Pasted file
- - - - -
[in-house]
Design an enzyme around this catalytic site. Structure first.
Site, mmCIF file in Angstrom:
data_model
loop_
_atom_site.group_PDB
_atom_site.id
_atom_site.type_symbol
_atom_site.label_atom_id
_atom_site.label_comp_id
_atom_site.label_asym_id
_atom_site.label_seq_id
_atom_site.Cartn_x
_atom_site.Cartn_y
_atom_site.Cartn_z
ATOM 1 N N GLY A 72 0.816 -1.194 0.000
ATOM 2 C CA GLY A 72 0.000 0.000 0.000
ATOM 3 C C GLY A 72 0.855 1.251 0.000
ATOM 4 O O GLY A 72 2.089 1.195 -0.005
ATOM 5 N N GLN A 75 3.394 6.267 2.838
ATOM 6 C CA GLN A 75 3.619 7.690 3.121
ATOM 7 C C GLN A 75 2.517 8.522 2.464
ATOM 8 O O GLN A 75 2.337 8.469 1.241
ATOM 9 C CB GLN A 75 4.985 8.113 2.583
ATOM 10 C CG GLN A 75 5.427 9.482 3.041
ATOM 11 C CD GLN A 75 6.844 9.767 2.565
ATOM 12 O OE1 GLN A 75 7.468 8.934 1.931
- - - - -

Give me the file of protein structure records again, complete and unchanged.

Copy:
[in-house]
Design an enzyme around this catalytic site. Structure first.
Site, mmCIF file in Angstrom:
data_model
loop_
_atom_site.group_PDB
_atom_site.id
_atom_site.type_symbol
_atom_site.label_atom_id
_atom_site.label_comp_id
_atom_site.label_asym_id
_atom_site.label_seq_id
_atom_site.Cartn_x
_atom_site.Cartn_y
_atom_site.Cartn_z
ATOM 1 N N GLY A 72 0.816 -1.194 0.000
ATOM 2 C CA GLY A 72 0.000 0.000 0.000
ATOM 3 C C GLY A 72 0.855 1.251 0.000
ATOM 4 O O GLY A 72 2.089 1.195 -0.005
ATOM 5 N N GLN A 75 3.394 6.267 2.838
ATOM 6 C CA GLN A 75 3.619 7.690 3.121
ATOM 7 C C GLN A 75 2.517 8.522 2.464
ATOM 8 O O GLN A 75 2.337 8.469 1.241
ATOM 9 C CB GLN A 75 4.985 8.113 2.583
ATOM 10 C CG GLN A 75 5.427 9.482 3.041
ATOM 11 C CD GLN A 75 6.844 9.767 2.565
ATOM 12 O OE1 GLN A 75 7.468 8.934 1.931